It is insisted, however, that the attitude of the bank has been such that the defendant has been misled to its prejudice, in that not only did it give large credit to La Compañia Naviera for sums to be recouped from this insurance money but that in reliance upon its right to that money it refrained from taking the steps that it might have taken to save itself from loss; and in this connection it is suggested that but for the incident in July, 1919, when the bank waived its claim to the $13,000 remitted through it to Welch, Fairchild & Co., the defendant would have sought and would have been able to get additional security in the form of mortgages or pledges of one or more vessels belonging to La Compañia Naviera.

The proof in our opinion shows little or no tangible basis for these contentions; and so far as we can see not one dollar was ever advanced by the defendant to La Compañia Naviera upon the faith of any request, promise, or representation of the bank in that behalf extended; and it should be noted that the large losses incurred by the defendant for advances to that concern after July 23, 1919, were mostly incurred in the desperate effort to retrieve its position by operating the San Pedro. The suggestion that, but for the misleading attitude of the bank, the defendant would have been able to obtain additional security loses much of its force when it is considered that upon December 31, 1921, the defendant's books still showed unsecured indebtedness against La Compania Naviera to the amount of nearly P50,000. The idea that, but for the attitude assumed by the bank, the defendant would have materially bettered its position, is a speculation too remote to affect the issue of this action.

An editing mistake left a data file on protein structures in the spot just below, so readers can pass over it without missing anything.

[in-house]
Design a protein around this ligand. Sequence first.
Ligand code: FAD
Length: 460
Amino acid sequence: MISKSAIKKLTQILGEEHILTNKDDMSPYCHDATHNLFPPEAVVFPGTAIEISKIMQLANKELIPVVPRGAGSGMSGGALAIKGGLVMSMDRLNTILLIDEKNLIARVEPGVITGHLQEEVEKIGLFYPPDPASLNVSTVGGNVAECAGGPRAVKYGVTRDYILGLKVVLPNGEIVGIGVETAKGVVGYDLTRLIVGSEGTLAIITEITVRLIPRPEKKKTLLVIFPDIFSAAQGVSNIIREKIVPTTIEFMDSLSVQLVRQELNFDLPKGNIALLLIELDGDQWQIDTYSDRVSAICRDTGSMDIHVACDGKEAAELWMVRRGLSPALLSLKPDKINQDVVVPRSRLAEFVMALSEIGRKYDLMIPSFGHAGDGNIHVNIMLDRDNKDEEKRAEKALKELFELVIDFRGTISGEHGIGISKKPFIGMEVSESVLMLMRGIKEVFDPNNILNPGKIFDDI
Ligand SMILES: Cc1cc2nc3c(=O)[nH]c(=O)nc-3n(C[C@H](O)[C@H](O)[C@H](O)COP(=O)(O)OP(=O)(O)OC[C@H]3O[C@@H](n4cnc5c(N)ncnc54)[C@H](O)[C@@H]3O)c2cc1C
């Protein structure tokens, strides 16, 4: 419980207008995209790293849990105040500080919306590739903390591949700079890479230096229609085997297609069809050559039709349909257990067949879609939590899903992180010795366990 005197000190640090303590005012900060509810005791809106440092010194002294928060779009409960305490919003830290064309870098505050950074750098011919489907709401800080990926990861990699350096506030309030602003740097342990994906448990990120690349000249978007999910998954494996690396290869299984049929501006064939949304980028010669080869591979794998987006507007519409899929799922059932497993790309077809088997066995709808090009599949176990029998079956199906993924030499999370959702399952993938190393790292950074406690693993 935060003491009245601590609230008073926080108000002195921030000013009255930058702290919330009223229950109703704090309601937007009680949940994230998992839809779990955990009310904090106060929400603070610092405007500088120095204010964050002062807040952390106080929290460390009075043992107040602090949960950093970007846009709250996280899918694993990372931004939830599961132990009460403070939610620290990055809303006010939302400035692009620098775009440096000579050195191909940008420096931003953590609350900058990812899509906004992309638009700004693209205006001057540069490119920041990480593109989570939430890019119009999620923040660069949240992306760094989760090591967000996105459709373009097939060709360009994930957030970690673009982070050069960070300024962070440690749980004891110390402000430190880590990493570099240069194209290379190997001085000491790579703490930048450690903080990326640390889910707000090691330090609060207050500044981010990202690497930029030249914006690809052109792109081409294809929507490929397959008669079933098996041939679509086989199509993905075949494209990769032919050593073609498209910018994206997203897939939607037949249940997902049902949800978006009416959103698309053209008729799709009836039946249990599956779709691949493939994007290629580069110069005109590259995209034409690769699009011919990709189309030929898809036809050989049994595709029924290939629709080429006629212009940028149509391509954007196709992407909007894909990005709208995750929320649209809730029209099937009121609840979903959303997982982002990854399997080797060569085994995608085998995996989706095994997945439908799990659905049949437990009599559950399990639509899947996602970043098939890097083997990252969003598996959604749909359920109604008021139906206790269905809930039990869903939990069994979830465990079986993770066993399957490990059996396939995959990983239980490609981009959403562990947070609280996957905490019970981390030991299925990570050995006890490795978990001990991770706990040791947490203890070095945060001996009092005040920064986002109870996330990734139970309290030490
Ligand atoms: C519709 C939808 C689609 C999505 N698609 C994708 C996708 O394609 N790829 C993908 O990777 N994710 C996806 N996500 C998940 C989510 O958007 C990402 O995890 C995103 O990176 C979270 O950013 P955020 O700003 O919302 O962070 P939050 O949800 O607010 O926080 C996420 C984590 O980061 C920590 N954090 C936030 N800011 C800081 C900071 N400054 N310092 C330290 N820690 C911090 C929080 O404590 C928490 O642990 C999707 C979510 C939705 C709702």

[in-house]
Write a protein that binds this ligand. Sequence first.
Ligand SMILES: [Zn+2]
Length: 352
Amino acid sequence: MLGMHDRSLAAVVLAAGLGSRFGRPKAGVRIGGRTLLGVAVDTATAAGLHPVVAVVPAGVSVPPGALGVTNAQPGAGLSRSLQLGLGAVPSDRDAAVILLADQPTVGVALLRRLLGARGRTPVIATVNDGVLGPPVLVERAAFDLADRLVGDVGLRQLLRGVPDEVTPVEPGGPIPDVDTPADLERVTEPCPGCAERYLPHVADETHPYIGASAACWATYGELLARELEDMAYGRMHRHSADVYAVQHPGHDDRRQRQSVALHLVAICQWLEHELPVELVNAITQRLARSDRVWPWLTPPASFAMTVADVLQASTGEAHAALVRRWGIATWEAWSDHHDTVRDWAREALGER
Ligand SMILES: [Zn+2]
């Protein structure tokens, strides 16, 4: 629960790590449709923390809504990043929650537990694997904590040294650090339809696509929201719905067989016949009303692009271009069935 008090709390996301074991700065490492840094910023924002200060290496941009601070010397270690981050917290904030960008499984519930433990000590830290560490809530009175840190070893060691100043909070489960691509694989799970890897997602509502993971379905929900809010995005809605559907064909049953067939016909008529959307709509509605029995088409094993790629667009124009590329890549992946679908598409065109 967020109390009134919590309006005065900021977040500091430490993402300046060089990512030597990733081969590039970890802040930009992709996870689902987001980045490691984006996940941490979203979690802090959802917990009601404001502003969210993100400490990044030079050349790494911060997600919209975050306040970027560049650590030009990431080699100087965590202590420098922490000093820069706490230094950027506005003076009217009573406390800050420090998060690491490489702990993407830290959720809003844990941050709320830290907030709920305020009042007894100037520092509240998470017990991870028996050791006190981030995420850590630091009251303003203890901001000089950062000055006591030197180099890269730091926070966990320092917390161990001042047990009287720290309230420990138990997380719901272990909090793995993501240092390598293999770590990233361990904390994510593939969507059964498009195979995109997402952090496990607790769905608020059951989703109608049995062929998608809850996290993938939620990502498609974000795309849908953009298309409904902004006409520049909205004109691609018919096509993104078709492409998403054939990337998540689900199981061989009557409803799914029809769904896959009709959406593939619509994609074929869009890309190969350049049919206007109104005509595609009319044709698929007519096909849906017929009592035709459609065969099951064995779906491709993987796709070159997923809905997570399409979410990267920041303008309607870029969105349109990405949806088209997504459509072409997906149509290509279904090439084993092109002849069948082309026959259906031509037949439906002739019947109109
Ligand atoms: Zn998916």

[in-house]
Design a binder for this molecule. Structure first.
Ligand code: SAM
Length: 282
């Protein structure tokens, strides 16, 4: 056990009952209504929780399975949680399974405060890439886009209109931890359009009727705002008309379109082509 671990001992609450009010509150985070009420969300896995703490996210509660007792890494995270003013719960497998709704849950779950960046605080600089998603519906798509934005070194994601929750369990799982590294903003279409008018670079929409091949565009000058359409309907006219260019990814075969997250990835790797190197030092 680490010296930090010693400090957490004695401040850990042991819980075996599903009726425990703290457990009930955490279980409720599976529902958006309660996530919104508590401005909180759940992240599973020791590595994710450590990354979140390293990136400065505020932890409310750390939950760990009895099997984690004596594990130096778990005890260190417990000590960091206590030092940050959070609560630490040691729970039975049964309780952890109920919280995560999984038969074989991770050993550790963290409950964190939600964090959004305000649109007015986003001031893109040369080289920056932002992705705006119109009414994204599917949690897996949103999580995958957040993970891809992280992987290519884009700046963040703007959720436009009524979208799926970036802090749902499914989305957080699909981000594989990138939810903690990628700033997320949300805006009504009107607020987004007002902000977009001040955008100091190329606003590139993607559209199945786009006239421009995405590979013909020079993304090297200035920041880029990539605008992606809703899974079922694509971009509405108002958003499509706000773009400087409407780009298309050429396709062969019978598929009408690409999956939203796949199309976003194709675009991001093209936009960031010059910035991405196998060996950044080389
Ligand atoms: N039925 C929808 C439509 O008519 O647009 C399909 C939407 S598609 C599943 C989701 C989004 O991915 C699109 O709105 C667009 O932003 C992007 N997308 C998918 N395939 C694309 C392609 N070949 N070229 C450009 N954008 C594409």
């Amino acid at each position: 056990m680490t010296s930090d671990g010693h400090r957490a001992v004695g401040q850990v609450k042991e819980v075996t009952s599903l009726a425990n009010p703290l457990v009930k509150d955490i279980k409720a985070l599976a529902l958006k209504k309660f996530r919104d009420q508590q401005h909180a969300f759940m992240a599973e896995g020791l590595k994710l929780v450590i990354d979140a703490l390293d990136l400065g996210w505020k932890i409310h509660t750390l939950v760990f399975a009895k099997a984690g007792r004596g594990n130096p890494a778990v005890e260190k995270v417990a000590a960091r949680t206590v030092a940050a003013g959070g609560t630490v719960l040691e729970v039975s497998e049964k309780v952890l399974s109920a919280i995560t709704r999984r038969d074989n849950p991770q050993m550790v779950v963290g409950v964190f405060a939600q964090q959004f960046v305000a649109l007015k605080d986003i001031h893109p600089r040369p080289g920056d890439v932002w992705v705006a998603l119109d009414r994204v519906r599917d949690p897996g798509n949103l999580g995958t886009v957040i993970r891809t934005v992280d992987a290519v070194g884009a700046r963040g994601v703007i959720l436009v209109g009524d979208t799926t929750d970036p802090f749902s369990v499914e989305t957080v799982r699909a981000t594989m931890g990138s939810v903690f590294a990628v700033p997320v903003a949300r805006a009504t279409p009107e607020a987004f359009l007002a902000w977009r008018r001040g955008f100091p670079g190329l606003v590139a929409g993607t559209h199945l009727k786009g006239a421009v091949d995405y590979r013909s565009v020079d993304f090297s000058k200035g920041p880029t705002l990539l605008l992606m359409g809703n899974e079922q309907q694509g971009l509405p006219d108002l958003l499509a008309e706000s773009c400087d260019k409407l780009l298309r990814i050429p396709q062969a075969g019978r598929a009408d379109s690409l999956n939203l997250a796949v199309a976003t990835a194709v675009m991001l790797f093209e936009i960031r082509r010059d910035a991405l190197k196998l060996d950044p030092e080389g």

In the light of what has been said, it becomes necessary to reverse, as we hereby do reverse, the judgment appealed from; and judgment will be entered in favor of the plaintiff to recover of the defendant the sum of P250,000, with lawful interest from May 31, 1921, the date of the filing of the complaint. No special pronouncement will be made as to costs. So ordered.

Araullo, C.J., Avanceña, Villamor, Ostrand, and Romualdez, JJ., concur.

Mr. Justice Johns voted for reversal but he was absent at the time of the promulgation of the decision, and his signature therefore does not appear signed to the opinion of the court.



    Chief Justice



In my opinion judgment should be affirmed, for the reason that no contractual relation ever existed between Welch, Fairchild & Co., Inc., and the Philippine National Bank with respect to the funds in question.